The holy month of Ramadan is an empowering blend of faith, culture, and history – something that is depicted through Ramadan traditions around the world. Every year, Muslim communities across the world practise the principles of abstinence during this Holy Month and celebrate age-old Ramadan traditions.
Some of these Ramadan practices have been kept alive for generations, being passed on from one generation to another. These deeply rooted customs and traditions of Ramadan present themselves as identifiable characteristics of different Muslim communities around the world.
Curious to know what is Ramadan like in different parts of the globe? Read on to get an insight into some of the most fascinating Ramadan traditions around the world!
How is Ramadan Celebrated in Different Countries?
As you read on, you may find certain similarities between the different Ramadan traditions around the world. While some of the concepts remain the same, there are subtle differences in the rituals associated with Ramadan based on the community.
Haq Al Laila
Starting off our list of Ramadan traditions around the world is the Haq Al Laila. The celebration of the arrival of the holy month of Ramadan begins on the eve of 15th Sha’ban – the Islamic month before Ramadan. The basic purpose of this event is to spread awareness among the people and children about the month of Ramadan. Over the years Haq Al Laila has become one of the most religiously practiced Ramadan traditions in UAE.
Children of the neighbourhood come out on the streets dressed cheerfully. They walk around the area singing songs, collecting sweets and chanting “Aatona Allah Yutikom, Bait Makkah Yudikum,” meaning “give to us and Allah will reward you, and help you visit Mecca.”
Talking of Ramadan traditions in Kuwait, what we just described at Haq Al Laila, is quite similar to Qarqian’an here. The difference is that this Ramadan tradition is actually celebrated in the month of Ramadan – not before it. This celebration goes on for three days.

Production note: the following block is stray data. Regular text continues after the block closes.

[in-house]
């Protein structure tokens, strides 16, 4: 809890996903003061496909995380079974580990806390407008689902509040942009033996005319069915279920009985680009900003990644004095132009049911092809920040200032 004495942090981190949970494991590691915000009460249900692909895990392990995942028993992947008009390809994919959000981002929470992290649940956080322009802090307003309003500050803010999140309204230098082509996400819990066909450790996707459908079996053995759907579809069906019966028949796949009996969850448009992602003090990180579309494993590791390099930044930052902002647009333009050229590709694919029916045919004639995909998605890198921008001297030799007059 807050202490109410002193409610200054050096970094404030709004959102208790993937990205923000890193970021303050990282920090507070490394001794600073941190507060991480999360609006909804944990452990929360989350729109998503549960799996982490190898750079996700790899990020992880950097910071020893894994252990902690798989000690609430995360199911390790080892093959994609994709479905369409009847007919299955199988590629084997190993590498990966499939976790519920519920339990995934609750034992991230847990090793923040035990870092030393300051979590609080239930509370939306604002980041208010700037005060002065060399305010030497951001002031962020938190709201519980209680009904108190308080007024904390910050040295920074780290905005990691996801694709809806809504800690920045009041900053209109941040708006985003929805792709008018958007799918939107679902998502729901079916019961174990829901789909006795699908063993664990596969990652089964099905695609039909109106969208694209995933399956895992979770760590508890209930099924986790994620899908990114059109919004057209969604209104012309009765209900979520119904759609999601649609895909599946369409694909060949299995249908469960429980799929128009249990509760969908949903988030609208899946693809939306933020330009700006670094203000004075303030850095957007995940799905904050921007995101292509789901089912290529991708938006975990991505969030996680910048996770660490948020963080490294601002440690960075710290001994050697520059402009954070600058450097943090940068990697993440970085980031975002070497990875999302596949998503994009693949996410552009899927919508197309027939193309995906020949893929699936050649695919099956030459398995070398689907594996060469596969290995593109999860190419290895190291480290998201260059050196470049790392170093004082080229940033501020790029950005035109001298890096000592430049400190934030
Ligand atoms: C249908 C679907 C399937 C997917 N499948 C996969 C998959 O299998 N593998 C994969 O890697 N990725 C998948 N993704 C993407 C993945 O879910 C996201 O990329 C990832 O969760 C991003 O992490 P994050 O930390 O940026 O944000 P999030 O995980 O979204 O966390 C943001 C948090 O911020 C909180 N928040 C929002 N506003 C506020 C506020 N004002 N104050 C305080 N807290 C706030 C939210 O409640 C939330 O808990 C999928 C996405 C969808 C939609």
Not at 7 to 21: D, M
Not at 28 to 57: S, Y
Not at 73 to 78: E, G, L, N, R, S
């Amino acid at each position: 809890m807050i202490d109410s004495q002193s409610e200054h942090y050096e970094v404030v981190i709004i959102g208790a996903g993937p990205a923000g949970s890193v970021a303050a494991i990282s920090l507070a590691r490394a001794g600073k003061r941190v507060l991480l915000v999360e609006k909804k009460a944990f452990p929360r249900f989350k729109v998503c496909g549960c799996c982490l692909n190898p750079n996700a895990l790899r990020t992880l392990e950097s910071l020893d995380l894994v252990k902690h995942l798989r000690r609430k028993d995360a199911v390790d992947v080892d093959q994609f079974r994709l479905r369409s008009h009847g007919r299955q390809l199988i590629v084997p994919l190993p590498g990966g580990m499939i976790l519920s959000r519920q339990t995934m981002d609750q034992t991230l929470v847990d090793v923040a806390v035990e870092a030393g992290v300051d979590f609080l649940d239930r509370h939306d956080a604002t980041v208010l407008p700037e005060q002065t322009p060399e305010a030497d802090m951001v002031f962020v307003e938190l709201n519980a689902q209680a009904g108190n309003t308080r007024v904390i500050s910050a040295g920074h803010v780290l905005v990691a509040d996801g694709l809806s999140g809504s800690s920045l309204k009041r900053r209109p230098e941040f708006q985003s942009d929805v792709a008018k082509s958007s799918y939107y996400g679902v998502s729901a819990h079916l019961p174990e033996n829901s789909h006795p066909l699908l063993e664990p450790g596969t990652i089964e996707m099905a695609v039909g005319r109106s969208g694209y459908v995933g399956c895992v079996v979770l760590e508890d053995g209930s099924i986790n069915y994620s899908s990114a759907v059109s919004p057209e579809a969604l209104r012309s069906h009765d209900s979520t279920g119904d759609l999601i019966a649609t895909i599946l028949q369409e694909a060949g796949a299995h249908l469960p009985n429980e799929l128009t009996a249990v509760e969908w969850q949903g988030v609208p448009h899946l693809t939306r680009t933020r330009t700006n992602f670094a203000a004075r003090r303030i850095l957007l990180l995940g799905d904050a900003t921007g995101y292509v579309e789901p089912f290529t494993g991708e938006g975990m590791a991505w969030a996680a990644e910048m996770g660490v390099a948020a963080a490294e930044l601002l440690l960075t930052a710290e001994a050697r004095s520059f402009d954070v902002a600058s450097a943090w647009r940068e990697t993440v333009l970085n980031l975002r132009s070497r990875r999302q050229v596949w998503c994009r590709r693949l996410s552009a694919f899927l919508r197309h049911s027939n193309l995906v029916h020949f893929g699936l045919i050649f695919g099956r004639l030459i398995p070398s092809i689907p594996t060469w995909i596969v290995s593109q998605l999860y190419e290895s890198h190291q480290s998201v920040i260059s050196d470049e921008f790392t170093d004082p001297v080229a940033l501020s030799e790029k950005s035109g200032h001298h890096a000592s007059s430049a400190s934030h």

Kids don traditional garb and sing songs. There are different songs for boys and girls. Children often improvise the songs to include special wordings for the person they are singing. The children learn about fasting during this joyous Ramadan practice and the ones who fast are rewarded with sweets.
Padusan for Indonesian Muslims is an act of purification. Among other Ramadan traditions in Indonesia, the Padusan is a purification ritual performed for cleansing of the soul and body for fasting and prayer.
Before the start of Ramadan, the Muslims of Indonesia bathe and cleanse themselves in the natural pools in their vicinity. This deeply embedded cultural practice of Padusan is believed to purify the believer for the month of Ramadan.
When we talk about unique Ramadan traditions around the world, Nyekar is one of them. This Indonesian Ramadan practice takes place before the holy month begins.
The Javanese Muslims indulge in Nyekar – an act of paying their respects to the departed members of their family. According to the ancient Javanese beliefs, the month of Ramadan marks the beginning of a new life cycle and the end of the previous one.
This practice has been passed down through generations, with some rural populations presenting worldly offerings to their deceased ancestors.
This is perhaps one of the most colourful and beautiful Ramadan traditions around the world. Fanous or the Ramadan lanterns are unique, brightly coloured lamps.
As part of the Ramadan traditions in Egypt, the streets, homes and neighbourhoods are lit up with these metal and glass lanterns. Known for their distinct designs and intricate craftsmanship, the fanous has become universally symbolic of Ramadan.
Suhoor (the pre-dawn meal) is essential if one wants to maintain a healthy lifestyle during Ramadan. Waking the believers up for suhoor has great significance in Islam. Almost all Muslim-majority countries in the world have some mechanism that helps the believers wake up for suhoor.
In many Arab countries including Egypt and Jordan, this Ramadan tradition is upheld by the Mesaharaty or the “night caller.” The Mesaharaty’s job is to walk around the neighbourhood streets, calling out for people to wake up. This act is accompanied by the soft beating of the drum.
The Mesaharaty is usually a local, familiar with the families living in the neighbourhood. The fact that these selfless people call out individual family names to wake them up makes this one of the most precious Ramadan traditions around the world.
Imagine being awakened in the middle of the night with loud drum rolls. The situation would leave many agitated, but that’s not how it is in Turkey during Ramadan.
The Turkish drummers clad in traditional garb, with their Davul (double-sided drum) banded to their bodies, roam the streets of Turkey – drumming people awake for suhoor.